In The House of the Hidden Places, first published in 1895, Adams clearly lays out evidence that the Great Pyramid at Giza corresponds architecturally to the initiation ritual detailed in the Egyptian Book of the Dead (which Adams preferred to call what he felt was its rightful title, The Book of the Maste).
The House of the Hidden Places was the first book to go beyond the current speculations on the astronomical purpose of the pyramid to reveal its deeper meaning. The Book of the Master, first published in 1898, is an in-depth exploration of the religious beliefs of the Ancient Egyptians. His penetrating study revealed startling insights for his day, pointing to the origins of Christian theology as well as those of humanity itself. Long before Dr. Leakey discovered proof of our African origins, Adams theorized, based on his Egyptian studies, that civilization began in Africa, rather than Asia, which was the accepted theory in his time.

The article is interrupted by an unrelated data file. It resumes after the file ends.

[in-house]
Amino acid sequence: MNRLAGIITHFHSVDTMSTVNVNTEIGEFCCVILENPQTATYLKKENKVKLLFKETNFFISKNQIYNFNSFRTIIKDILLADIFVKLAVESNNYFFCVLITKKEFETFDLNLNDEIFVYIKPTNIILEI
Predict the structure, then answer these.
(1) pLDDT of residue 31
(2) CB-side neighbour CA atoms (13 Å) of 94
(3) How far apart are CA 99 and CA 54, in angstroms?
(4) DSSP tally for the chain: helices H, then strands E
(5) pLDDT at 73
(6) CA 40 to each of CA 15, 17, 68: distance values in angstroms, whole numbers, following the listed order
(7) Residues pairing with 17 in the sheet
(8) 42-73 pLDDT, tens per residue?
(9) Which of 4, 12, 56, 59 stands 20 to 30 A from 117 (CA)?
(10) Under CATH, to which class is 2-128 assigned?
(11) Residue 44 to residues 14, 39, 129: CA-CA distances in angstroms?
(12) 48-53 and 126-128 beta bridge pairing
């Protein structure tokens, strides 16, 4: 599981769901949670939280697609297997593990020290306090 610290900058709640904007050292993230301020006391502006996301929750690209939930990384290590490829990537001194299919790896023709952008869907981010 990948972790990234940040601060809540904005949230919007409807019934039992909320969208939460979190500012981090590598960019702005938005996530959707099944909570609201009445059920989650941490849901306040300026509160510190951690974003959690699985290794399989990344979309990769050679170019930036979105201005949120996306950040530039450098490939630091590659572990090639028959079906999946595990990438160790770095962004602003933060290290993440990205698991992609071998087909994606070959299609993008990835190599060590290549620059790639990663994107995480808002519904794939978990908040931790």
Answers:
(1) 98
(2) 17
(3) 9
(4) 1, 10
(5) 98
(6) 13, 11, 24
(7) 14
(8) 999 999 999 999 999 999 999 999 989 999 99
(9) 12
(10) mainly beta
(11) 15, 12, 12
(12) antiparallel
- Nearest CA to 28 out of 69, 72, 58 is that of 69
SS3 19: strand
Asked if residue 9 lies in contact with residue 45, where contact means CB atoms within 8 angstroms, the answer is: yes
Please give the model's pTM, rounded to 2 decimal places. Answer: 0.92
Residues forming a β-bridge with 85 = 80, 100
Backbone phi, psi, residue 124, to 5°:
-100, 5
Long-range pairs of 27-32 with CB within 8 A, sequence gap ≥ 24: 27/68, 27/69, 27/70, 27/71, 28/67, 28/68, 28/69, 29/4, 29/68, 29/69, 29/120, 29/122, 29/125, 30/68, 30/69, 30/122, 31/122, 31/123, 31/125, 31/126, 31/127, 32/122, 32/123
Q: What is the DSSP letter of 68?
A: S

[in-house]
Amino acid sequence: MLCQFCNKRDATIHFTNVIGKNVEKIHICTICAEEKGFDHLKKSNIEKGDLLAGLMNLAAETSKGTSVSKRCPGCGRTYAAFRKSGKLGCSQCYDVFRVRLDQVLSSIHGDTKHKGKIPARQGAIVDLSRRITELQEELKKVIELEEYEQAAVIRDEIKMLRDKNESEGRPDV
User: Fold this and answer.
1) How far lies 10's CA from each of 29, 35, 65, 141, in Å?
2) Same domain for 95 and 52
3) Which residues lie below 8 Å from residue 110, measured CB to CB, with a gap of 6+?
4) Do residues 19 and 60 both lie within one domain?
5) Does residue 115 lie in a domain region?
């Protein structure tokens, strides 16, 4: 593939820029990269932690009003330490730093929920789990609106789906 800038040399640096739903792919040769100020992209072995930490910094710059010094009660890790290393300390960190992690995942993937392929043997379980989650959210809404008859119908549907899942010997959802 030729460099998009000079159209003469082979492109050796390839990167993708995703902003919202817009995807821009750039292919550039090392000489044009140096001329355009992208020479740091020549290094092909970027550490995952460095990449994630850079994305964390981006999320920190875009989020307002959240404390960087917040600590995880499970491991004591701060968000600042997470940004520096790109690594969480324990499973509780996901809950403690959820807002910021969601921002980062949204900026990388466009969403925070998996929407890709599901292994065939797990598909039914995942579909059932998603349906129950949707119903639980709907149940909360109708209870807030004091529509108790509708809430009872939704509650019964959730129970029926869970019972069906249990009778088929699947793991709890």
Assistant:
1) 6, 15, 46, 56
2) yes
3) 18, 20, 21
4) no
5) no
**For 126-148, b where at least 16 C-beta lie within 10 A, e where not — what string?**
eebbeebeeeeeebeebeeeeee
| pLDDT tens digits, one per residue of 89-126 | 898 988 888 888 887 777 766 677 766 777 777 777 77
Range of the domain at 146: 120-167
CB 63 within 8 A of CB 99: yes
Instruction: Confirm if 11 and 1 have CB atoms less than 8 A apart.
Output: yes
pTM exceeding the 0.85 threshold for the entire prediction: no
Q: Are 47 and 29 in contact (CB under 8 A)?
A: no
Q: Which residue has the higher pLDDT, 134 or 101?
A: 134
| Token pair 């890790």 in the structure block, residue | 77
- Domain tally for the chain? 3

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About the Author
W. Marsham Adams was born in England in 1837 and died some time prior to 1933 when E.J. Langford Garstin published his abridgement of Adams's books in The Book of the Master of the Hidden Places. Adams was a fellow at New College, Oxford, and a respected scholar of Egyptology.